European journal of cancer (Oxford, England: 1990) 04/2014; · 4.12 Impact Factor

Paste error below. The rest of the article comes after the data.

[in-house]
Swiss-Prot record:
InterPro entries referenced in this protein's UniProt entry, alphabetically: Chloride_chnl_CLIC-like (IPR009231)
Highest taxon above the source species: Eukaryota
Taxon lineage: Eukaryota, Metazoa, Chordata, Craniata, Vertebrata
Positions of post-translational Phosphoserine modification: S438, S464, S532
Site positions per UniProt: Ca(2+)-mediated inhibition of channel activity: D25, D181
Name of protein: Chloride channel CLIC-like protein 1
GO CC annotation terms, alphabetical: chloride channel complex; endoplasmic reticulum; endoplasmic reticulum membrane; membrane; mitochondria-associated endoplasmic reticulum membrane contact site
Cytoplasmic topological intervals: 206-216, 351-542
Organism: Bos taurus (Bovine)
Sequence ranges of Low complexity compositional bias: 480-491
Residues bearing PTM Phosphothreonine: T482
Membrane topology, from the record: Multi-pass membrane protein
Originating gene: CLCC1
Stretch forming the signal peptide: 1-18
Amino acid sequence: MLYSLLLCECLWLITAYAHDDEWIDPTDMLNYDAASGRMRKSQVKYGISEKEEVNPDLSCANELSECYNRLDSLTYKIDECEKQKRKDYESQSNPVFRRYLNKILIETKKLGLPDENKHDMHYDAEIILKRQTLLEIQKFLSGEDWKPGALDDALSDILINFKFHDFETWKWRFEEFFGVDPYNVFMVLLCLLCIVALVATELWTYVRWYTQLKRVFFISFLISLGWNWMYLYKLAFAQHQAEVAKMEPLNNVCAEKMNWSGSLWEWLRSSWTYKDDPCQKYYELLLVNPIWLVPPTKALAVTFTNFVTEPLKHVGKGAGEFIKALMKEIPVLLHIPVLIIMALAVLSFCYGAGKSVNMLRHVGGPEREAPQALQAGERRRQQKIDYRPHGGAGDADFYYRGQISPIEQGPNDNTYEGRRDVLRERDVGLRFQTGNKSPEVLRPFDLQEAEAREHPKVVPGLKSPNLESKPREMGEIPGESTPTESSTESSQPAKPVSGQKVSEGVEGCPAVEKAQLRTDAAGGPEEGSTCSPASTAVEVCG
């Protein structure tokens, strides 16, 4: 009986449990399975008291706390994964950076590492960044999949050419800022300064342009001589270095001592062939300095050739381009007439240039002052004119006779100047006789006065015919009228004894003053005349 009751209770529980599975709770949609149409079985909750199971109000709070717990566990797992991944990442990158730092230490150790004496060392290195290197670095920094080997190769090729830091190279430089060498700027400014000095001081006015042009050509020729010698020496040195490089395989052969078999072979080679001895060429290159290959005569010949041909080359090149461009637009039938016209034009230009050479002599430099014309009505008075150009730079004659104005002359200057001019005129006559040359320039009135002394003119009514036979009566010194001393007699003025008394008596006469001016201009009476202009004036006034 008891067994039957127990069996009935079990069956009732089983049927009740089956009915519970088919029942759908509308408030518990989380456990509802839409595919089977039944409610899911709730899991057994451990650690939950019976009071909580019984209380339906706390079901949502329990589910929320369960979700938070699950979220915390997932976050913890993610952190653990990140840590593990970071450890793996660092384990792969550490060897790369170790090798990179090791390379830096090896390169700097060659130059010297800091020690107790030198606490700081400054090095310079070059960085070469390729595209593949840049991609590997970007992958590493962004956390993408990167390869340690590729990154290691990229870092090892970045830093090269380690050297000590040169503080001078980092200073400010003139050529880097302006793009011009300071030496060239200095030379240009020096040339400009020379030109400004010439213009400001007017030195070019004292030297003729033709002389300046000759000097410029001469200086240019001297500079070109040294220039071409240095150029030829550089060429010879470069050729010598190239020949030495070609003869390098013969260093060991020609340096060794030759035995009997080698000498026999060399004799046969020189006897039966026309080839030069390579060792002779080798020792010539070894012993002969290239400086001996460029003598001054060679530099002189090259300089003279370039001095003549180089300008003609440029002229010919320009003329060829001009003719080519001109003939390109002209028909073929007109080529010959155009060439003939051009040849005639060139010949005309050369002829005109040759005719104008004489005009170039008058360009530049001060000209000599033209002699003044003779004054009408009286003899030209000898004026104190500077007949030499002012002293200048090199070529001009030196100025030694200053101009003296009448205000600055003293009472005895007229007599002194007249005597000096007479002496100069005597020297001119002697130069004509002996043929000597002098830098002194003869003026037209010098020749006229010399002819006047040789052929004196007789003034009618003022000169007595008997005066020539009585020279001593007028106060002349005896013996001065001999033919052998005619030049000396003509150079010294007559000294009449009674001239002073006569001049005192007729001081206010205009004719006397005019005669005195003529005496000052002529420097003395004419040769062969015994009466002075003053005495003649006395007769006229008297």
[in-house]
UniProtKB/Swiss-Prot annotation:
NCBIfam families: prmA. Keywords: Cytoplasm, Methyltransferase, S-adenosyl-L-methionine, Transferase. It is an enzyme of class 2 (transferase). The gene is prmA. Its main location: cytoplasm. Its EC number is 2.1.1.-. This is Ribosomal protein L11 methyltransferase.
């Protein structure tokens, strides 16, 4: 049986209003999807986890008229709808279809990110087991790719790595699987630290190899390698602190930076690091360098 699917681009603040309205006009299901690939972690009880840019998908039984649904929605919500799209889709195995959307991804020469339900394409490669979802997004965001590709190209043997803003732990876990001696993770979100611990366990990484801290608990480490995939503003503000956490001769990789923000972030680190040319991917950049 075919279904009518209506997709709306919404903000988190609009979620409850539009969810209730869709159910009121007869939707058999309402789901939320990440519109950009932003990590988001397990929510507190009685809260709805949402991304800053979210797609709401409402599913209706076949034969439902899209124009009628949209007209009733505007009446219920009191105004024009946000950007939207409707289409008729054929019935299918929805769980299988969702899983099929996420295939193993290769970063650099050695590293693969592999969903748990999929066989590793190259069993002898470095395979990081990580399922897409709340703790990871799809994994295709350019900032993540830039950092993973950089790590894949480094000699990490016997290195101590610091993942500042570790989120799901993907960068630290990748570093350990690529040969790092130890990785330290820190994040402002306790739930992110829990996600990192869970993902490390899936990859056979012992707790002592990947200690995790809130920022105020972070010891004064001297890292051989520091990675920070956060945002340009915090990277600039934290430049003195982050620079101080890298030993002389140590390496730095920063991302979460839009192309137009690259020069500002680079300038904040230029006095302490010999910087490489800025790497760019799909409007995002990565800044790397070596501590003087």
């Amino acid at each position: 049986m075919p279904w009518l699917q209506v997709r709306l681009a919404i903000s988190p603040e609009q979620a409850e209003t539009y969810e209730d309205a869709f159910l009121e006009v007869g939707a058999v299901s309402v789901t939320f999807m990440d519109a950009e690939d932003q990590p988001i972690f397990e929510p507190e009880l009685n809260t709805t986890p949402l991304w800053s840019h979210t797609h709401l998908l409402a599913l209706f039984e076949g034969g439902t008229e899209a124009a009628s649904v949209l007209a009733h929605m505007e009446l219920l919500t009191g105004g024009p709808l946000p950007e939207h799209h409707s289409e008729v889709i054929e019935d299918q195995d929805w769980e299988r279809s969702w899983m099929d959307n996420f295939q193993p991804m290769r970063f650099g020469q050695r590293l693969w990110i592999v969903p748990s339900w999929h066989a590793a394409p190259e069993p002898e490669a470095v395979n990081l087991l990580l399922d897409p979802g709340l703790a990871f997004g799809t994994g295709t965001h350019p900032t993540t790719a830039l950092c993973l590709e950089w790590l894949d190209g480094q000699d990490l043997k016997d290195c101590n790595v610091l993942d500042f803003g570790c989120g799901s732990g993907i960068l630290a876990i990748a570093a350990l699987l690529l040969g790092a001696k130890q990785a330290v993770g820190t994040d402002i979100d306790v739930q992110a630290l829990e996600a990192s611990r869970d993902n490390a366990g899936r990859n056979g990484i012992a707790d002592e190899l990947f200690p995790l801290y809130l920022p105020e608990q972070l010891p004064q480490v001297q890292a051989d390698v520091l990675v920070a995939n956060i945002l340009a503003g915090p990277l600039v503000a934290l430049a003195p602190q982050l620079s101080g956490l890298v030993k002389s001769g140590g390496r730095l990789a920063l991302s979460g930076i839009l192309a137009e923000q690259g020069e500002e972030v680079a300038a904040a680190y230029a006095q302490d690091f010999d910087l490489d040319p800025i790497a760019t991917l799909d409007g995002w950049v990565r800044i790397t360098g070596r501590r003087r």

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    ABSTRACT: Purpose To elucidate if the density of inflammatory cells expressing S100A9 in malignant and surrounding non-malignant prostate tissues is a prognostic marker for outcome in prostate cancer patients. Experimental design Tissue was obtained from 358 men diagnosed with prostate cancer at transurethral resection of the prostate due to obstructive voiding problems, of which 260 were then followed with watchful waiting. Tissue microarrays of both malignant and non-malignant tissues were stained with an antibody against S100A9. The number of stained inflammatory cells was scored and related to clinical outcome and histopathological parameters of known prognostic value. Results A high number of inflammatory cells expressing S100A9 in both malignant and surrounding non-malignant tissues were associated with significantly shorter cancer-specific survival. This association remained significant when Gleason score and local tumour stage were analysed together with S100A9 in a Cox regression model. Low number of S100A9 positive cells in non-malignant stroma was correlated to significantly longer cancer-specific survival also in patients with Gleason score 8–10 tumours. S100A9 positive cells in tumour stroma were correlated with Gleason score, hyaluronan, platelet-derived growth factor receptor beta (PDGFR-β), and androgen receptor (inverse correlation) in tumour stroma. S100A9 positive cells in non-malignant stroma correlated with androgen receptor in this tissue compartment (inverse correlation). Conclusions A high number of S100A9 positive inflammatory cells in tumour stroma and in non-malignant stroma were associated with shorter cancer-specific survival in prostate cancer patients.